In this season of "20 Lbs in 20 Days!" other headlines ask "Do You Have to be Superhuman to Lose Weight?" Or, "Are We Programmed to Pack on Pounds?" Unpopular questions, for sure, but ones to which science increasingly answers "probably".
Research from around the world concurs. Once we've carried the weight, our bodies seem to adjust to that new "normal". Our chemistry then seems to fiercely defend the larger body size. We'll experience this as relentless hunger as well as painfully slow losses and discouragingly quick regain. The ramped-up hunger, the sluggish metabolism, the rapid accumulation of fat: all of these are hormonally driven, arising from the extra weight itself. Losing weight, then, becomes at the very least a mighty struggle against biology.
Long-term studies have emerged from obesity labs at Brown, Yale, and other U.S. sites as well as from Britain and Australia. They do agree on the complexity of the problem, and they've identified some hormonal culprits. No one, however, is telling people to stop trying to manage their weight. The health benefits, all will point out, accrue even with small (5 or 10 percent of body weight) losses. Plus, key questions about what might help remain unanswered. It's not entirely clear, for example, whether or not losing slowly aids in permanent loss. It's also not clear whether or not a single episode of gain and loss lead to the "packing on the pounds" phenomena, or whether this requires repeated episodes.
While this news can seem to dash all hope for those who seek slimness, researchers don't necessarily see it that way. "It's helpful for people to know what they're up against," summarizes the concensus. Some dieters do succeed, after all, against the biological odds, even if they represent a minority. And, it does indeed seem that those who keep weight off are those who hold no illusions about the problem. In the "Do You Have to be Superhuman...." article, New York Times' Tara Parker-Pope interviewed people from the National Weight Loss Registry. The registry, uniquely, follows people who've kept weight off. Kelly Brownell, Ph.D., of Yale, points out there that thousands who've kept weight off don't register for the data bank. However, nowhere else can we look at what many (10,000) dieters do to maintain losses. (To register, one must have kept off at least 30 lbs. for at least a year; on average, 70 lbs. have been lost for over six years.)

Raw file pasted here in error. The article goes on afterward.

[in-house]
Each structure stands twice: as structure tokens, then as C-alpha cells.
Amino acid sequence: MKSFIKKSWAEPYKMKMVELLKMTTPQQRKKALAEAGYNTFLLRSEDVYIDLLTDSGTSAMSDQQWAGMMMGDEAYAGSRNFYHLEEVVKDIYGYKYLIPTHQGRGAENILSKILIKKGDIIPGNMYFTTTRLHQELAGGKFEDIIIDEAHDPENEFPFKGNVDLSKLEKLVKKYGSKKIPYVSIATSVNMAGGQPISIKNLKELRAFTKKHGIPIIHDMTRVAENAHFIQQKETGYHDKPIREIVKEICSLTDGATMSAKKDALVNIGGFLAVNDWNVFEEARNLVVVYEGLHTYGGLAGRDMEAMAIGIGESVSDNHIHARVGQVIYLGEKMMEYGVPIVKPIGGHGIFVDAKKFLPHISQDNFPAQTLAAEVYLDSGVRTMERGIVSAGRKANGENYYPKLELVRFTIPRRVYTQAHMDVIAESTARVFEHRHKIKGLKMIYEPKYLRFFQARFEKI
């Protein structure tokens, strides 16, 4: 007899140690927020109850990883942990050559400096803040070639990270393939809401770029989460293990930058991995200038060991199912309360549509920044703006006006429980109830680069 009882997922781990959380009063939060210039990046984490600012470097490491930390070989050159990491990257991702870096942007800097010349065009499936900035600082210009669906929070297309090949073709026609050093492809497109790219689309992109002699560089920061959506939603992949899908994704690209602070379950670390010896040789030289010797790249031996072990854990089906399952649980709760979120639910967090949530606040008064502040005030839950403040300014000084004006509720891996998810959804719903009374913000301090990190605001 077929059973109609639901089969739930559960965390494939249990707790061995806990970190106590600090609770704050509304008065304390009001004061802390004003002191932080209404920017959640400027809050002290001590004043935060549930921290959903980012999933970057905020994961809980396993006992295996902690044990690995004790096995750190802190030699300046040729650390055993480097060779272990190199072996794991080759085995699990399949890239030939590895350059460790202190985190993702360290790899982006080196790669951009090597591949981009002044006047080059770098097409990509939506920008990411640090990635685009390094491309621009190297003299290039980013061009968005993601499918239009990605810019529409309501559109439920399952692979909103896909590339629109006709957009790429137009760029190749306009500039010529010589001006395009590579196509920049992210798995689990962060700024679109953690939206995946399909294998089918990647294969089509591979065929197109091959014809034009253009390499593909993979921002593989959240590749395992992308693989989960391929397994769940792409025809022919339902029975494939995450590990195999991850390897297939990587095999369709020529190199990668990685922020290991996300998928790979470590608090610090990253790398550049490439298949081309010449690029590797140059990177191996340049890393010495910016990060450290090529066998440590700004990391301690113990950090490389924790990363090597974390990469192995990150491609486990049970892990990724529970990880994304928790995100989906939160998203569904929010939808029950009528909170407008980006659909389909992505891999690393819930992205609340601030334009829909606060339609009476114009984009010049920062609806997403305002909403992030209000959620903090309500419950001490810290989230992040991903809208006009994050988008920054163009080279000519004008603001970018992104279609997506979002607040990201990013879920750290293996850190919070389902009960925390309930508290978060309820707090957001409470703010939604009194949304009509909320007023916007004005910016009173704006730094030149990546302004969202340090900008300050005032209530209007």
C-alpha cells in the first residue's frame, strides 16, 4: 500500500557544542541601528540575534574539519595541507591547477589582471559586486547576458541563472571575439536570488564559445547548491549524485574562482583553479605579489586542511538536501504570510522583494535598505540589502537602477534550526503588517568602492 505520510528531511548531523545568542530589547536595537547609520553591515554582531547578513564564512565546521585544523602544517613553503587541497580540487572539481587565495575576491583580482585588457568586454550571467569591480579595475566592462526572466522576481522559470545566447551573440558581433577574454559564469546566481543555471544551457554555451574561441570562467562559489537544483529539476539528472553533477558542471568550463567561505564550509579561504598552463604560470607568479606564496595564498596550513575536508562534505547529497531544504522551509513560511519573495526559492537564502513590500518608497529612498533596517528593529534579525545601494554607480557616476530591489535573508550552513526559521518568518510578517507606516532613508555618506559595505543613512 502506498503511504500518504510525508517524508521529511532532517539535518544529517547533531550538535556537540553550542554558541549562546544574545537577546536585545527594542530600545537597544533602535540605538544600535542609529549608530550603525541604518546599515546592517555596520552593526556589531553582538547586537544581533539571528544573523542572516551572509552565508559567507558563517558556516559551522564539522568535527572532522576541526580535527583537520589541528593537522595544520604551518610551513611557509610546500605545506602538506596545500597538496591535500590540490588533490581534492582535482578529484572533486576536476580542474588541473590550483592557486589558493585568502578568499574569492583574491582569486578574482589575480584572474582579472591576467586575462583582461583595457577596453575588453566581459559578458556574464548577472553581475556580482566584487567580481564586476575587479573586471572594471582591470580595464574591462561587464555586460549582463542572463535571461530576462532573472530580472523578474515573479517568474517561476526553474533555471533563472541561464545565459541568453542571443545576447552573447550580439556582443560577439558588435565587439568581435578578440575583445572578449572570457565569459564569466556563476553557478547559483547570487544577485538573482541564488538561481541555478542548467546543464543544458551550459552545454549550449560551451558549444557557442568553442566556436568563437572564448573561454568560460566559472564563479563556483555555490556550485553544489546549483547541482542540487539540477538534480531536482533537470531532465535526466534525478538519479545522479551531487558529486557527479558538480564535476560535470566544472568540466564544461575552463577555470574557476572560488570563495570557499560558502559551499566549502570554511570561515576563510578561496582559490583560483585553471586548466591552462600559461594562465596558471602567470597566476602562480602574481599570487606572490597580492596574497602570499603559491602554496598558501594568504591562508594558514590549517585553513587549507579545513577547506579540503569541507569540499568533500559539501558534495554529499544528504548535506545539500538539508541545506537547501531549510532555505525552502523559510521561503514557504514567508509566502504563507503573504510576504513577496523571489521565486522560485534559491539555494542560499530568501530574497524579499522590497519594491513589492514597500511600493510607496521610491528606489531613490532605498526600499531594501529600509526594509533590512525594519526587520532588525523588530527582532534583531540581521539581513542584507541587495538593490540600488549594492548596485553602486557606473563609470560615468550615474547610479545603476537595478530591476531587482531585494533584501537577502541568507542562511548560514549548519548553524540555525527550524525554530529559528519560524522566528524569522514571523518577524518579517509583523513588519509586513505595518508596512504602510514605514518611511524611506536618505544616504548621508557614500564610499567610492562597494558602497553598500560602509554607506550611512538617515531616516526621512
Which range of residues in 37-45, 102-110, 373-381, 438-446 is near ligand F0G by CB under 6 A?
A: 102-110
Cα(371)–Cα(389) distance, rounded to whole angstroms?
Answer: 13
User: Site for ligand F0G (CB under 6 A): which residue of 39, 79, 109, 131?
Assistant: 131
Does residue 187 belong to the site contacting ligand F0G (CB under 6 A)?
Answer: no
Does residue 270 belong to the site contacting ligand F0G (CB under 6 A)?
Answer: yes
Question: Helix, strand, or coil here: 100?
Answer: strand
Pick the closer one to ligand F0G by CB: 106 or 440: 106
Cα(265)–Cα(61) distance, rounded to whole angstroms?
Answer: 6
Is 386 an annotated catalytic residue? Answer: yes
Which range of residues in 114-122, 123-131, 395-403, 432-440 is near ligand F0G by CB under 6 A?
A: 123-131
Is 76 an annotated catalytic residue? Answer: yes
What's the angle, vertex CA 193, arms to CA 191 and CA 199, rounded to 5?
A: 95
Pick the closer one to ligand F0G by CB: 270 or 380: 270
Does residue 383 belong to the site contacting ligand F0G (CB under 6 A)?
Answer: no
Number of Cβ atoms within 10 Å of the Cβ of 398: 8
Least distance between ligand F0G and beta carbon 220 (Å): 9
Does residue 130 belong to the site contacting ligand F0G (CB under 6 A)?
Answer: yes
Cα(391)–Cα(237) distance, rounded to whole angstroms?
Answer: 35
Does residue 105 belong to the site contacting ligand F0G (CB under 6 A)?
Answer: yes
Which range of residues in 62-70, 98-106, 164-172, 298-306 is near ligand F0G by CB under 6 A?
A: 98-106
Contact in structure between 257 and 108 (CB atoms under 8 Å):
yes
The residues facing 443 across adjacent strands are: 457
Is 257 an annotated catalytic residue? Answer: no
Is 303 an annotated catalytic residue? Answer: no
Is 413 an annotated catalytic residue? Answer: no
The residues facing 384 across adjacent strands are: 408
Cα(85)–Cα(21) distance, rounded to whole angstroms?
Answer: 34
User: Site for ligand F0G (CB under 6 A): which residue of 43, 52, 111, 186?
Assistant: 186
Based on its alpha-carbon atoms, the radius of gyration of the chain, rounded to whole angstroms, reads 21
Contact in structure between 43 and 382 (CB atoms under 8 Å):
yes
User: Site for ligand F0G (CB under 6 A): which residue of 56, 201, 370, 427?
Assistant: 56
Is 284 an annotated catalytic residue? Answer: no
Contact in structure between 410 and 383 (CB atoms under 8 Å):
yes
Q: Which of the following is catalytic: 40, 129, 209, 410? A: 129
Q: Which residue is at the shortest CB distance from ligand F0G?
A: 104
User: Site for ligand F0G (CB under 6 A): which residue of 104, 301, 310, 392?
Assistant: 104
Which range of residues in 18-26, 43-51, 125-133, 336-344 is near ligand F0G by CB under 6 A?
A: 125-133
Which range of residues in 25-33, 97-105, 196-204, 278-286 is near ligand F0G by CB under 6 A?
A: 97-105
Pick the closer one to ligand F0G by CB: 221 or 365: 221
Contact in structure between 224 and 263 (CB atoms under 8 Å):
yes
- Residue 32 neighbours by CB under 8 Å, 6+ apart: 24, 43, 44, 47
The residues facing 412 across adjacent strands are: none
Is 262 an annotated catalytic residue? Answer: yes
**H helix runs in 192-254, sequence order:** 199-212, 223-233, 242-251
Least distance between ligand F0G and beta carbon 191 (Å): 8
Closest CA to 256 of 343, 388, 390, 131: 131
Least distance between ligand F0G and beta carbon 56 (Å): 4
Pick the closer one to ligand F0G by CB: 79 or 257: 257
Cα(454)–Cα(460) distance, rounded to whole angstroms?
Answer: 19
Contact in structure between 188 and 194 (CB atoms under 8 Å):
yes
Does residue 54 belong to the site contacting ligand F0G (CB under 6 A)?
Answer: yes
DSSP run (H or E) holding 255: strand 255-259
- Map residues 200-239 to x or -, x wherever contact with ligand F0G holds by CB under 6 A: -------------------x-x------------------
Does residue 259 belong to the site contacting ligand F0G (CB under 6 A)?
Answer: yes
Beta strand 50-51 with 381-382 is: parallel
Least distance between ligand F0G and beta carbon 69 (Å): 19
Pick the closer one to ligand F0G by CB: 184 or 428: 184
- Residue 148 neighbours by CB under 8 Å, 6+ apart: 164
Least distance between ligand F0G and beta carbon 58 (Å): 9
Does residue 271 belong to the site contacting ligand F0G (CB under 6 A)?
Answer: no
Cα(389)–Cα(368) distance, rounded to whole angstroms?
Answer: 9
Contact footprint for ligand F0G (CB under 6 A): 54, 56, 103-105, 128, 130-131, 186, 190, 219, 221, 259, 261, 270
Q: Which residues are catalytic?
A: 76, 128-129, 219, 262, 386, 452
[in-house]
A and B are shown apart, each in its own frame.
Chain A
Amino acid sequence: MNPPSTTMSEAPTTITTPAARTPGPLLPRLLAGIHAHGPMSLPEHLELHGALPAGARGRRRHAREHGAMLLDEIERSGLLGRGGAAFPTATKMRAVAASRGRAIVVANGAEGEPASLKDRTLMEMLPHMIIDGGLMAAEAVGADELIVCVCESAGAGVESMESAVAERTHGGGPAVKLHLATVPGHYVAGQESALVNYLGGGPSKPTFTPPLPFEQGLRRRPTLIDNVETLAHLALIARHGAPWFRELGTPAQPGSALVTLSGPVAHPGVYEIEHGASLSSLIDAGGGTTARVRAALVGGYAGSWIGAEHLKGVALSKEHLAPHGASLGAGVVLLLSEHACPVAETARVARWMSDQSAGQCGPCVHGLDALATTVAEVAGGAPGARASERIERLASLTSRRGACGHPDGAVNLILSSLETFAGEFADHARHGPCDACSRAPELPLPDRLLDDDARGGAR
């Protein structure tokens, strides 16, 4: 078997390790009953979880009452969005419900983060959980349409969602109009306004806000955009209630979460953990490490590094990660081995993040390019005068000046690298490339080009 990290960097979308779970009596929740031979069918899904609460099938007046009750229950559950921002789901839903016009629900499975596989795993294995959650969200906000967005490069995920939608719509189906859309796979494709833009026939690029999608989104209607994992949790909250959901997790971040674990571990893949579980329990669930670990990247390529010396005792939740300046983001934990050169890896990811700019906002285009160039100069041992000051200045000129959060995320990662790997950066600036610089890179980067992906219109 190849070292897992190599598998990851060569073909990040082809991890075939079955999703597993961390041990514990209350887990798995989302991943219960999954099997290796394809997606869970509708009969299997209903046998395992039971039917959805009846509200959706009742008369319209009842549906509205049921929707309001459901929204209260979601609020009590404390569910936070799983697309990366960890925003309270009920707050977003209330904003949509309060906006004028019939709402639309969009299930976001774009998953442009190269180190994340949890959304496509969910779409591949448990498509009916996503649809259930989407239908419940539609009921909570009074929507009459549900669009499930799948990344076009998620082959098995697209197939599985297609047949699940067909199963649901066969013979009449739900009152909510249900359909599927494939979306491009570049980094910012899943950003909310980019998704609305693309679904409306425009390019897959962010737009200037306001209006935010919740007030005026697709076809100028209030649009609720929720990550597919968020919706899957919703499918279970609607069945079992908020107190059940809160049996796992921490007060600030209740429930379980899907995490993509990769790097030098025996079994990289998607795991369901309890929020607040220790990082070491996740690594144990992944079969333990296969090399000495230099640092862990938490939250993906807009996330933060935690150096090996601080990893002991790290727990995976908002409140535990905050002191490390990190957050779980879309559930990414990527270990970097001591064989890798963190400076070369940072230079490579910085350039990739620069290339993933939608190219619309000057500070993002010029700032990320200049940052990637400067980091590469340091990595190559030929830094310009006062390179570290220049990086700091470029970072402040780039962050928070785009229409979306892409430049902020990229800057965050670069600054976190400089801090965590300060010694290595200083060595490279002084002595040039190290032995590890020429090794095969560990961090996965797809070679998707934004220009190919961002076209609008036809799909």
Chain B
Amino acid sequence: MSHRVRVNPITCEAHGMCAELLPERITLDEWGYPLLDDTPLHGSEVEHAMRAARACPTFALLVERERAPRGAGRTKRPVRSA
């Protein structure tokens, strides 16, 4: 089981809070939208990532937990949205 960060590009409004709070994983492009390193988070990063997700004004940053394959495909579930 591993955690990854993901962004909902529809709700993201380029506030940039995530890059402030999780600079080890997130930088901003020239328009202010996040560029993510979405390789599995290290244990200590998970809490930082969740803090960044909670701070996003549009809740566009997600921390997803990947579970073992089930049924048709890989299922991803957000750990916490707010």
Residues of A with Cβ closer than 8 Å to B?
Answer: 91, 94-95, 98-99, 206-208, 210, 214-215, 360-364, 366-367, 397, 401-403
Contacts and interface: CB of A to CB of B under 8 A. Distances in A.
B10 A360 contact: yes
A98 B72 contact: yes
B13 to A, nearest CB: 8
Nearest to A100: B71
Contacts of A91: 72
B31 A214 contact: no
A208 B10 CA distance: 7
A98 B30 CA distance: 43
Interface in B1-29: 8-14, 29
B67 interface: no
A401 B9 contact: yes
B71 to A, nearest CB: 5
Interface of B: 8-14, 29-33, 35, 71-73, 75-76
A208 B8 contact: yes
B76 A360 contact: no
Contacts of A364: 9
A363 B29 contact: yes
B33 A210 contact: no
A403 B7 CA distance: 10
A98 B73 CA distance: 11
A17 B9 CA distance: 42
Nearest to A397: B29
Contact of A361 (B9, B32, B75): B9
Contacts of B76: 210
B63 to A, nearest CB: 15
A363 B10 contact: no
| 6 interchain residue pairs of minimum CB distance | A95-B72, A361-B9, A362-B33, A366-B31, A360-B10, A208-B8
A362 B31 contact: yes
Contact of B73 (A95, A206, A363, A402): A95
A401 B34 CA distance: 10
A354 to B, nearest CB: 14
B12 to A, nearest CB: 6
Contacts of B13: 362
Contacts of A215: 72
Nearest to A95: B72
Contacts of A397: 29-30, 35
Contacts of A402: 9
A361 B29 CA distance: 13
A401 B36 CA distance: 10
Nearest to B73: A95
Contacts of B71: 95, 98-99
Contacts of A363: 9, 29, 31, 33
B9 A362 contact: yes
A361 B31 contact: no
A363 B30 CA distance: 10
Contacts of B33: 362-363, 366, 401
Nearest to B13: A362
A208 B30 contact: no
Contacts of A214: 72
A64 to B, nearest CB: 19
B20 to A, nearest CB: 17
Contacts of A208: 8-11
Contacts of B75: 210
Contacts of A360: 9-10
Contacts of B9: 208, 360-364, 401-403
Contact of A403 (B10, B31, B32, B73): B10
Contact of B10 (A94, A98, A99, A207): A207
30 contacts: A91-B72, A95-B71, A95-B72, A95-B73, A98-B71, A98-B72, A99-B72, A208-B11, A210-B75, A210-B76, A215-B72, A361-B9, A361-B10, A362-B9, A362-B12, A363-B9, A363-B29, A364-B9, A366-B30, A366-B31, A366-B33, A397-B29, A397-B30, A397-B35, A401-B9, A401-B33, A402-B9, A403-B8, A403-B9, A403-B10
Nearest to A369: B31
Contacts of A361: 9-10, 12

What's clear is that the work of keeping weight off never stops. Those who successfully maintain losses, whether 30 or 130 lbs., exercise, a lot. They continue to keep track of what they eat. They allow little or no room for "treats" or holiday lapses. They treat weight maintenance as if they've known all along what science confirms: that without such care, they'll regain, plus some.
The "Are We Programmed...." article appeared recently in my local paper. Based on some of the international studies, a smaller sample of anecdotes and case studies suggested, additionally, what many therapists, diet coaches, nutritionists, personal trainers, and physicians tell you from experience. That is, that getting help or support can move the process of lasting change along. And that often small changes, to start with, open doors to new habits. Those who keep weight off for good change how they think and behave, solve problems as they arise, and stick with it despite occasional setbacks.
In the end, we're left with this question: "What can I do then, if my body resists my efforts to slim?" Knowing what you're up against now seems crucial. Then, set out to make habit, ultimately lifestyle, changes. Think of them as forever ones, if you don't want to be stuck with pounds forever returning. Know that you may not reach size 6, and that none of it will happen overnight. Get help if you need it and pick yourself up, again and again, if you fall.
Finally, consider that "Thin From Within" remains important. Whatever weight you can ultimately reach, you'll feel better about yourself if you're not binge eating. You'll feel more confident and peaceful if you aren't medicating emotions with food. And hard as it is, learning to handle feelings and stress without food may prove more achievable than a 70 lb weight loss. Reducing those behaviors alone will shed some pounds and minimize gains, in any case, even if some unwanted poundage remains.
None of this is popular news. But it confirms the difficulty of the enterprise-familiar to any chronic dieter. And dealing with this reality may allow for a freedom from self-blame and a new degree of self-acceptance. You do what you can, and stop making things worse by fighting what may not fully, always, be in your control.